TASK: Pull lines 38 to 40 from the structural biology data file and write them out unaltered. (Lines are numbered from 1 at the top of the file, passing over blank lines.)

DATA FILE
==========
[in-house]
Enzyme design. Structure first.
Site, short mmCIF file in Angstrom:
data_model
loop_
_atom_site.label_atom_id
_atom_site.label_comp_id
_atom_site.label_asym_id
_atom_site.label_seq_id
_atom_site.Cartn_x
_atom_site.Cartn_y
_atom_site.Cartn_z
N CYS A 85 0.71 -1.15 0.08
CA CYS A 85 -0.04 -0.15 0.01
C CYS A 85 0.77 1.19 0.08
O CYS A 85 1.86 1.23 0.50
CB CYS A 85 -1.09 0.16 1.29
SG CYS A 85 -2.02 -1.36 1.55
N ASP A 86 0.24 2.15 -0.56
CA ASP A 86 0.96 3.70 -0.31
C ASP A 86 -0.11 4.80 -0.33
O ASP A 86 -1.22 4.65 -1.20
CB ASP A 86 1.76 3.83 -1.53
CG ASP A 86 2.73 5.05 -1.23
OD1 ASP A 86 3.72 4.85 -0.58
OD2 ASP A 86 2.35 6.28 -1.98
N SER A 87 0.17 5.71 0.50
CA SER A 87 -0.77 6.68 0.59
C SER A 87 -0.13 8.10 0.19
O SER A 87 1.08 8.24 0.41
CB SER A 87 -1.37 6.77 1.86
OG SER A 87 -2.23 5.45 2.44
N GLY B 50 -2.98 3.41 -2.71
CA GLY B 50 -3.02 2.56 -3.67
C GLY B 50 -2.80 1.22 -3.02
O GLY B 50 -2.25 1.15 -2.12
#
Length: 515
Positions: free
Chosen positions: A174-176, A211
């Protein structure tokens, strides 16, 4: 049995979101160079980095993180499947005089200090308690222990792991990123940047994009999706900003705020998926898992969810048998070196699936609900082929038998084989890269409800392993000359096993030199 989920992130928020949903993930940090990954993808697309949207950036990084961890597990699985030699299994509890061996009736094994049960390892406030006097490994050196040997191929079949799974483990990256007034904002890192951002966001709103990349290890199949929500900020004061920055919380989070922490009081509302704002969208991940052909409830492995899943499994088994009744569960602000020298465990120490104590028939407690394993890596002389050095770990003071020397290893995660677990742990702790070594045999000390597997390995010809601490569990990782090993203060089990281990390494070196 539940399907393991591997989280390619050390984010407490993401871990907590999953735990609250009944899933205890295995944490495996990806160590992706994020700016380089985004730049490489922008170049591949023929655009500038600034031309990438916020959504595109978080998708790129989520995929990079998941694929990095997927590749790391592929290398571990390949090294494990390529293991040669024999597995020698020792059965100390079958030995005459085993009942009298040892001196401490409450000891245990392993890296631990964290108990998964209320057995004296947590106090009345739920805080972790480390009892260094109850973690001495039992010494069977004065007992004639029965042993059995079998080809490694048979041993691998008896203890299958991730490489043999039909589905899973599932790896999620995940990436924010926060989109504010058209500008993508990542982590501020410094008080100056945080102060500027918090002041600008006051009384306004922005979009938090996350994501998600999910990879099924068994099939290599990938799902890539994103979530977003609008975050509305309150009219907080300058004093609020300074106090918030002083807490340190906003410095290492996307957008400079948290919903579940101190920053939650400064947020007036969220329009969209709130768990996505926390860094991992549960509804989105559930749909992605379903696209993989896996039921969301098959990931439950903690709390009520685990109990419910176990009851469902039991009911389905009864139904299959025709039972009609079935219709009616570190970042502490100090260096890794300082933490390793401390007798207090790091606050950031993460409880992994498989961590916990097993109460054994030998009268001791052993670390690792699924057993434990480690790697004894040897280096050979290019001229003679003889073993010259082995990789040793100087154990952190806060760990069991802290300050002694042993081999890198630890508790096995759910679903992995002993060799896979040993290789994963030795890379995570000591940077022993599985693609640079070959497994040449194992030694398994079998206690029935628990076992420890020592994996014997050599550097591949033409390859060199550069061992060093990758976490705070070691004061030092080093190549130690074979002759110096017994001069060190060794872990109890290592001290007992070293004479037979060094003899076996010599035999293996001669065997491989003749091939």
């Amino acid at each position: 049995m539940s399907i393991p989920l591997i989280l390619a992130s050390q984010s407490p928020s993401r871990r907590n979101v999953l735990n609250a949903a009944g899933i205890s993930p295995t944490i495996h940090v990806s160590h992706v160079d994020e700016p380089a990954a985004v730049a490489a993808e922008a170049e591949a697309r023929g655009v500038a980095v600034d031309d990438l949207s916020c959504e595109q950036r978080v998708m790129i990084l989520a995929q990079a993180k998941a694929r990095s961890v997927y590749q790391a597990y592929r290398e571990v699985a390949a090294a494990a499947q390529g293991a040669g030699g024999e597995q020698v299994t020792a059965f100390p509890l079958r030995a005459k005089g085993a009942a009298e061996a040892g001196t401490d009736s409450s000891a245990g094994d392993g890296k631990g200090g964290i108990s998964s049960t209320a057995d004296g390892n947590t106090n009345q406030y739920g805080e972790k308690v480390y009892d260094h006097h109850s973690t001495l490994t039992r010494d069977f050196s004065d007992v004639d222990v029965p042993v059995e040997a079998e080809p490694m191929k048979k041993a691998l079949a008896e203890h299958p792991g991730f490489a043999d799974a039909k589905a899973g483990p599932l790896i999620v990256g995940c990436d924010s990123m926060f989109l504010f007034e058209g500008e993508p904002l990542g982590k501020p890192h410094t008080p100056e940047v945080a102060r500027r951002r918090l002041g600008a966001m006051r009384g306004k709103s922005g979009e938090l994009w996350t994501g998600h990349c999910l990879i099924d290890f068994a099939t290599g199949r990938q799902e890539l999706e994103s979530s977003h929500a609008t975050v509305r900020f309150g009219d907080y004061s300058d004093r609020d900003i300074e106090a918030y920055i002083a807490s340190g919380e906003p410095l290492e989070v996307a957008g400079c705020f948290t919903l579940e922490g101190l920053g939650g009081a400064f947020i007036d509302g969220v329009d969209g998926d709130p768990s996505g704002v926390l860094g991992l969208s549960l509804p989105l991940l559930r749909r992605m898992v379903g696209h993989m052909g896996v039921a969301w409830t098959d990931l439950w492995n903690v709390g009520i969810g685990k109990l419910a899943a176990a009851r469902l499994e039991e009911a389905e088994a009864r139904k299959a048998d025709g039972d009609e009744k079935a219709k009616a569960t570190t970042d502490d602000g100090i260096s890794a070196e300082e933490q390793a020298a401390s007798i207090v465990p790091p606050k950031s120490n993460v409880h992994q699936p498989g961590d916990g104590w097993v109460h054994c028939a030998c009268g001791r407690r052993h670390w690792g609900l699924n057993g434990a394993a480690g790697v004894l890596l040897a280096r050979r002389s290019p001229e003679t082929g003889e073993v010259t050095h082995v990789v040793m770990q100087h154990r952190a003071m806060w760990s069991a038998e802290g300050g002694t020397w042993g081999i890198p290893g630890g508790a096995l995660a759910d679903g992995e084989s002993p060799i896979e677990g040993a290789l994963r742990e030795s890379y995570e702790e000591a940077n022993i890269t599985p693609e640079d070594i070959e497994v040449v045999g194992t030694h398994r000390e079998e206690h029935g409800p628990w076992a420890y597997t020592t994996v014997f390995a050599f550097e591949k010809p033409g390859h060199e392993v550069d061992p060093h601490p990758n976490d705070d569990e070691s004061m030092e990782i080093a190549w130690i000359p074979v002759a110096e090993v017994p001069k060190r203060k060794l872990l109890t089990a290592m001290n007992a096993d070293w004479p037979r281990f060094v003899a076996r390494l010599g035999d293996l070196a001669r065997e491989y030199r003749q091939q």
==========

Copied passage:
Length: 515
Positions: free
Chosen positions: A174-176, A211